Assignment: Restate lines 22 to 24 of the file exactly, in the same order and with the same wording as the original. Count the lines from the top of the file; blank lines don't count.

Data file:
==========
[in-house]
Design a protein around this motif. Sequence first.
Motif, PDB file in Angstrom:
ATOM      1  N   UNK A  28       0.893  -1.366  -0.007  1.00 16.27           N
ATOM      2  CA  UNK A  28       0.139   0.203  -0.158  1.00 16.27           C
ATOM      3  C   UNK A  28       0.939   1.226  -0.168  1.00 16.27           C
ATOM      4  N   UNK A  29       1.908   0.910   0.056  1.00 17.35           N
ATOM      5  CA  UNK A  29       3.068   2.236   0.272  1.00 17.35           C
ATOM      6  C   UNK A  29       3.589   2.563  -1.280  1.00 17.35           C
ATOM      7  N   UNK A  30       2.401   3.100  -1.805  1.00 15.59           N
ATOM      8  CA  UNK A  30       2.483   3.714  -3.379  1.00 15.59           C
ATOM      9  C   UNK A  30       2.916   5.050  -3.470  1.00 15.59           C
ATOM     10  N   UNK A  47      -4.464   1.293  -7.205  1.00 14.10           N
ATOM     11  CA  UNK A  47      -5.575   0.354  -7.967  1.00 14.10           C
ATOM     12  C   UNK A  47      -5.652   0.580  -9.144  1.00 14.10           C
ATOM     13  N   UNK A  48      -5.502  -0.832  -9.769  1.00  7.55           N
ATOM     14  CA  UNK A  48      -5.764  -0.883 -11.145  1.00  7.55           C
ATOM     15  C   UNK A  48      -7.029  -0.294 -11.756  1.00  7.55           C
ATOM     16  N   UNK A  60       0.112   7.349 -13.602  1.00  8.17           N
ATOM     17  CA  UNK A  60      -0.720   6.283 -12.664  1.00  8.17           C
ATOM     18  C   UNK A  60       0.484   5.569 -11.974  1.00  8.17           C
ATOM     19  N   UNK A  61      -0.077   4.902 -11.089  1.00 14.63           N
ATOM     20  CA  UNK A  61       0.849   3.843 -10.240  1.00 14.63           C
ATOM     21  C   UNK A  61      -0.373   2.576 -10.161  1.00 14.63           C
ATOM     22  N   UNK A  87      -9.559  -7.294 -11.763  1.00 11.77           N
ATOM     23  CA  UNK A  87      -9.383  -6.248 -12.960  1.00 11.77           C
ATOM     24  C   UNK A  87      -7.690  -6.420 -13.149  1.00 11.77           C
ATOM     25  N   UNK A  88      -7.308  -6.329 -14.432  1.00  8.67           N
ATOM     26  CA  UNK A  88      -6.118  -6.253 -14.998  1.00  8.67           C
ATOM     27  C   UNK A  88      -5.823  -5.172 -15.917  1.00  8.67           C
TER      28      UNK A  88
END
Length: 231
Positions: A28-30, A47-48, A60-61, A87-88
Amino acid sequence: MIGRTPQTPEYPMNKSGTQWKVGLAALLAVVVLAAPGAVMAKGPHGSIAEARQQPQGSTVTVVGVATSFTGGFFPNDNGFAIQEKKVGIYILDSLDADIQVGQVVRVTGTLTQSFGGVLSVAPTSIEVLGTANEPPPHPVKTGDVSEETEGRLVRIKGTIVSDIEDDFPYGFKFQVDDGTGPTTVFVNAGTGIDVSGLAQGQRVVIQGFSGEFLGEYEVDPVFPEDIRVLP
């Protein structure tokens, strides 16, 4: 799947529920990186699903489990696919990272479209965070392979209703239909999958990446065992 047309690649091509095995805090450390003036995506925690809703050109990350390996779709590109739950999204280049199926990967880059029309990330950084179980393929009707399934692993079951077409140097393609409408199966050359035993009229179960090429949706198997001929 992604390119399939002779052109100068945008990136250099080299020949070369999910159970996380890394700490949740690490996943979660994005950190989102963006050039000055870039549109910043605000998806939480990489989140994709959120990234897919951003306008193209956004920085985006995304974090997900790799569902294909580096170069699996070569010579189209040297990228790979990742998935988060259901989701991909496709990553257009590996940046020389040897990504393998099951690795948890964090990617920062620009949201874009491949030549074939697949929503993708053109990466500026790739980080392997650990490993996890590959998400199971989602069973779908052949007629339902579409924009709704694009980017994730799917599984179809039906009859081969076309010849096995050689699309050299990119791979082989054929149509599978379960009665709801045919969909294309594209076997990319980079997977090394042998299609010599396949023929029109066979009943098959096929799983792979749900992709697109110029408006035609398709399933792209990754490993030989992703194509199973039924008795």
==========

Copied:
ATOM     19  N   UNK A  61      -0.077   4.902 -11.089  1.00 14.63           N
ATOM     20  CA  UNK A  61       0.849   3.843 -10.240  1.00 14.63           C
ATOM     21  C   UNK A  61      -0.373   2.576 -10.161  1.00 14.63           C